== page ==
What is: Shockwave Therapy?

Consultants in Sport and Exercise Medicine, Dr Anthony Waring explains what Shockwave Therapy is and when, and when not, to have this type of treatment.

Extracorporeal Shockwave Therapy (SWT) is a non-invasive treatment for musculoskeletal conditions causing pain. It is primarily used to treat chronic tendon, fascia and muscle disorders. SWT is typically done for between 3 and 6 sessions, spaced one week apart. SWT aims to reduce pain and promote healing in the affected area.

What can SWT be used for?

The most common indications for SWT include: 

  • Plantar Fasciopathy
  • Achilles Tendinopathy
  • Patella Tendinopathy
  • Greater Trochanteric Pain Syndrome
  • Hamstring Tendinopathy
  • Calcific Tendinosis in the Shoulder
  • Tennis Elbow and Golfer’s Elbow

When is SWT used?

SWT may be offered to patients who have not responded well enough to other treatments such as physiotherapy, orthotics (insoles), pain relief and rest. SWT should be used alongside a rehabilitation program, aiming to improve biomechanics, strengthen tissue and improve its tolerance to load.

Contraindications to Shockwave Therapy

Please let you Doctor know if any of the following apply to you:

  • You are pregnant 
  • You have a cardiac pacemaker
  • You have had a corticosteroid injection within the last 3 months
  • You are currently having treatment for cancer
  • You have a blood clotting disorder 
  • You are using blood thinning medication

Is shockwave therapy safe? 

Shockwave is a very safe and well tolerated treatment. Patients may experience discomfort during treatment, however we will adjust settings in order to make treatment comfortable and tolerable. Over time, pressures can be adjusted to gain maximum benefit. 

Following treatment, patients may experience slightly more pain and redness to the area, but symptoms usually resolve within 24 – 48 hours. There is a very small risk of tissue rupture. Adverse effects will be monitored and treatments will be adjusted as necessary.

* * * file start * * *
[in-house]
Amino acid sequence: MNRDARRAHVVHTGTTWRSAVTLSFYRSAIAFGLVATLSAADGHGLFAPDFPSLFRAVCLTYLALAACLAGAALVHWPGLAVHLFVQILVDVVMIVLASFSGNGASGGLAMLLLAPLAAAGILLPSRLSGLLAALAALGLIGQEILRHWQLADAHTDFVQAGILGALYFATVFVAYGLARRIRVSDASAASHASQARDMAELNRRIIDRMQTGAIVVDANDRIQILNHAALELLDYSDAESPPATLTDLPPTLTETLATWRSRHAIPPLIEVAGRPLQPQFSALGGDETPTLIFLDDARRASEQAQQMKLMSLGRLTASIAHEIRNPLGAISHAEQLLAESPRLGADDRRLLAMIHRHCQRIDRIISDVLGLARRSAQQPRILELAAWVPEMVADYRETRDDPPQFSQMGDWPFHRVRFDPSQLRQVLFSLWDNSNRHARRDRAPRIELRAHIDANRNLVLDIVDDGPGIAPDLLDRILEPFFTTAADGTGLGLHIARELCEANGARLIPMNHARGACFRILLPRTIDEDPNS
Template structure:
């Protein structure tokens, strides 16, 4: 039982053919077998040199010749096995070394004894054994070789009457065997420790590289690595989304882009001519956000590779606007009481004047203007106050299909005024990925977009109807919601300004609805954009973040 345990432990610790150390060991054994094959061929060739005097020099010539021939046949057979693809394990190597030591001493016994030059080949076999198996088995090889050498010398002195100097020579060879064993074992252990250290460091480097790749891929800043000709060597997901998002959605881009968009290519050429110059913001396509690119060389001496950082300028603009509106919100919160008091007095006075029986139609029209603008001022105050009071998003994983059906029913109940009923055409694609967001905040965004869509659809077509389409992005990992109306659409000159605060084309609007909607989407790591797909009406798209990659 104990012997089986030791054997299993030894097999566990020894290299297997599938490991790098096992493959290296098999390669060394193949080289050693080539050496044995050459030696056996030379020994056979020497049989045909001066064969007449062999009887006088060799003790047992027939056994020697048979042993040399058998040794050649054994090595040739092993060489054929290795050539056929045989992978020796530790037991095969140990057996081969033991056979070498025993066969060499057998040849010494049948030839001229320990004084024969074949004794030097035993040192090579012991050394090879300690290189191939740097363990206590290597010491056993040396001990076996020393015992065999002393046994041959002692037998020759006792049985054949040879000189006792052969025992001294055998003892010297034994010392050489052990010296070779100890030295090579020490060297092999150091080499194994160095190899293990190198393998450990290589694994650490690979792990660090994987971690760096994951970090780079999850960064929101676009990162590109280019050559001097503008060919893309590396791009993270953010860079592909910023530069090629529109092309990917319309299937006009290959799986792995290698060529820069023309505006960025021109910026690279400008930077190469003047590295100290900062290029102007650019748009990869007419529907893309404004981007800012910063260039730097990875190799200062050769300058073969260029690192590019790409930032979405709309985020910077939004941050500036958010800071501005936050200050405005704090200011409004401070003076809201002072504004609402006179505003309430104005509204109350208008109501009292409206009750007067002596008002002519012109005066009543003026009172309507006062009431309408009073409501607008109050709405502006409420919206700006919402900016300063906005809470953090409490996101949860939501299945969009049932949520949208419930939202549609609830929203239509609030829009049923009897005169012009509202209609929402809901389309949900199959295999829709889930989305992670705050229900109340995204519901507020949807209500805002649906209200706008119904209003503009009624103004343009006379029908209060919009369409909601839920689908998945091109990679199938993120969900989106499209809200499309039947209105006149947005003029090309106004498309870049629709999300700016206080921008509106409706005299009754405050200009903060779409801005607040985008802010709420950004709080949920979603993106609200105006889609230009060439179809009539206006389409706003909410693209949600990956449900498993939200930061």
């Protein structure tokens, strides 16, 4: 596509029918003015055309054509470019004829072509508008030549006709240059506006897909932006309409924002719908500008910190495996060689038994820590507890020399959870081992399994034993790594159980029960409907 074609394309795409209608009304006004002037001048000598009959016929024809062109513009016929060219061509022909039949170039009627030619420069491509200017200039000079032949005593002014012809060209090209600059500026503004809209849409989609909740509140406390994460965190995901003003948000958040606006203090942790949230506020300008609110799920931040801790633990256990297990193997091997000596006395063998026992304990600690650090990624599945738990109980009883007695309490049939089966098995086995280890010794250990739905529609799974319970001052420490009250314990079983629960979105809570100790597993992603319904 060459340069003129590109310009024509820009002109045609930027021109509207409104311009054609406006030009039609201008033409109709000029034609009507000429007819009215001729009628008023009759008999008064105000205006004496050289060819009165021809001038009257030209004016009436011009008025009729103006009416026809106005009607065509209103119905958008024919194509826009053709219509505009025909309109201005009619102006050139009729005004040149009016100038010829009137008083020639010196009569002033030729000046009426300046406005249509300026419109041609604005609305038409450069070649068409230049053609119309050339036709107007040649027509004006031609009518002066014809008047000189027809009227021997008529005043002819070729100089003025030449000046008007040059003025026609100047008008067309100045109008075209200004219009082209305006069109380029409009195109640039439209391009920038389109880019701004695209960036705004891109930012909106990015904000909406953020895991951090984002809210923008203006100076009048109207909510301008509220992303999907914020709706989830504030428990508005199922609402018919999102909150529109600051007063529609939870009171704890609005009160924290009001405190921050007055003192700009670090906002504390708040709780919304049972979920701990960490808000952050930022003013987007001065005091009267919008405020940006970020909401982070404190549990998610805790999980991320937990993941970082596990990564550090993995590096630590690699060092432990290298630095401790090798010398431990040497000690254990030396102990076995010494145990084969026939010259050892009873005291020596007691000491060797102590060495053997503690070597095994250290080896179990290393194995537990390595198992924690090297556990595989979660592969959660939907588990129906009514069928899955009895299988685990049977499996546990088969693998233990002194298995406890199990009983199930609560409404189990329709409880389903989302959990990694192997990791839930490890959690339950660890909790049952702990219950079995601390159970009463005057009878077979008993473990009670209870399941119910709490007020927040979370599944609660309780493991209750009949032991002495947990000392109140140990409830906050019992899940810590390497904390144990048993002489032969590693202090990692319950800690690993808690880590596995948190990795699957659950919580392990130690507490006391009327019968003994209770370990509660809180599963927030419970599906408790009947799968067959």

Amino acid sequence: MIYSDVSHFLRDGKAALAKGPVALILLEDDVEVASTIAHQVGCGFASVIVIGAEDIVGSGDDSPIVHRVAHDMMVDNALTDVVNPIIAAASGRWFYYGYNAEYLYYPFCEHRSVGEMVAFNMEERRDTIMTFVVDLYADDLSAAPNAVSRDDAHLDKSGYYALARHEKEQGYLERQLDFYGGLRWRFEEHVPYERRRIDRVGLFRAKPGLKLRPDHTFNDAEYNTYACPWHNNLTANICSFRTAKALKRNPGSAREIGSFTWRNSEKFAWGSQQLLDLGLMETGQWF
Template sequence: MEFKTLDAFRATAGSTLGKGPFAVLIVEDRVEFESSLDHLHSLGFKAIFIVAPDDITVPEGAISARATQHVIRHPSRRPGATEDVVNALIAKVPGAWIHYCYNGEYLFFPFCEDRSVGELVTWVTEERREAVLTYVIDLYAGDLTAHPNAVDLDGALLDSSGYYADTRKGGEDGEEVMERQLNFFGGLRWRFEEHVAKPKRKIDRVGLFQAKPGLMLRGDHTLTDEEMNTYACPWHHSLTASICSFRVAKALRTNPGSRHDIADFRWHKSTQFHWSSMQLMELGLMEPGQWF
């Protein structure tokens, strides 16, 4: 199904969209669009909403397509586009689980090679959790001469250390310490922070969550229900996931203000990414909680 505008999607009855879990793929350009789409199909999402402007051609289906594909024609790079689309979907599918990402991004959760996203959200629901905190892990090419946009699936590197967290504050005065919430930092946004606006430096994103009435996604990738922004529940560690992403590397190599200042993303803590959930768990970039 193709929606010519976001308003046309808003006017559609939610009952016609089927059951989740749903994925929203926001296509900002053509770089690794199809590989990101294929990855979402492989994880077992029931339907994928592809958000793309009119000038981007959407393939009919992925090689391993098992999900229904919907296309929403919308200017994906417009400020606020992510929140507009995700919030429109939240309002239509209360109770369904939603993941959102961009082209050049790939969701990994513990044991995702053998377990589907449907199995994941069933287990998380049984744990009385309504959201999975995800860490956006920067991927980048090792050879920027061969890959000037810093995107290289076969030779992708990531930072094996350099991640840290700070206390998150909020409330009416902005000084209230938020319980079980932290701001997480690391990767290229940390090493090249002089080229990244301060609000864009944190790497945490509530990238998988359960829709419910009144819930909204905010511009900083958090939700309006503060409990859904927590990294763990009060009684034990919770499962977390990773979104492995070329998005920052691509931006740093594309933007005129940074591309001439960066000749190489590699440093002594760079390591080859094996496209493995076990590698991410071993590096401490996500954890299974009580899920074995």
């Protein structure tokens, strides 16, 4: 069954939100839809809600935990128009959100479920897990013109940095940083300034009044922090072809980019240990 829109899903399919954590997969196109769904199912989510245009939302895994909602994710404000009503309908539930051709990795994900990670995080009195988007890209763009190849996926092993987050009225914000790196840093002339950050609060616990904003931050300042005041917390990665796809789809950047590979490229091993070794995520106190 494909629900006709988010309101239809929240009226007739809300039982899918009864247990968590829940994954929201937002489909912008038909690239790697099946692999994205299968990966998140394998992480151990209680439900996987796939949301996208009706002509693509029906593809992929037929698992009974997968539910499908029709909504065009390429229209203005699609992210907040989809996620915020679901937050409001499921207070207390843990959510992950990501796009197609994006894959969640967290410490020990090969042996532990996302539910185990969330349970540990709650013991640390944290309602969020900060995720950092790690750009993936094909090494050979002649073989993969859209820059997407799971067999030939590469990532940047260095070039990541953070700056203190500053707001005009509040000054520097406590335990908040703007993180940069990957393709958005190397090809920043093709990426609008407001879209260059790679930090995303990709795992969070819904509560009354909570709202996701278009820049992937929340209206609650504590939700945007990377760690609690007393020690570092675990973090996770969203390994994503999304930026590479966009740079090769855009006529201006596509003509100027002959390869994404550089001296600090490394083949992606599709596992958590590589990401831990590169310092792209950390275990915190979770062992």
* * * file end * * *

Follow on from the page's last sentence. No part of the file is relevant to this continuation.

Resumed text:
What happens during the procedure?

  • At Pure Sports Medicine, Shockwave Therapy is carried out by our Consultants in Sport and Exercise Medicine. Having established a diagnosis and any previous therapy, Shockwave Therapy may be offered as a potential treatment, with discussion regarding the proposed benefits, potential side effects and treatment regimen.
  • We will ask you to complete a questionnaire to ascertain pain levels and the impact on function arising from your specific condition.
  • Having discussed the proposed benefits and possible adverse effects, we will gain consent and proceed with treatment. You will lie down on a plinth in a comfortable position and the Doctor will put some coupling gel on the injured area to allow shockwaves to pass into tissues more efficiently.
  • The applicator will be placed on the painful area and shockwaves will be delivered into the tissues. 
  • Each session of shockwave therapy will take 5 – 10 minutes to complete, depending on the area treated. As most patients do experience some discomfort during the procedure, we will monitor your pain levels throughout and adjust the treatment accordingly, aiming to apply pressures within a specific range to treat specific conditions.
  • After the treatment you will be able to get up and walk straight away. If you do experience discomfort following the shockwave treatment you can take over the counter painkillers, such as paracetamol, but do not take anti-inflammatories (ibuprofen) or apply ice to the area, as these can interfere with the healing process. 
  • We advise refraining from any high intensity of aggravating activities for 48 hours post-treatment. You will be advised to continue with your usual rehabilitation program alongside shockwave therapy.
  • At the start of each shockwave session, we will assess how you are progressing.
  • After completing a course of shockwave therapy, our Doctors will reassess your pain and function and discuss options for the next steps in your management.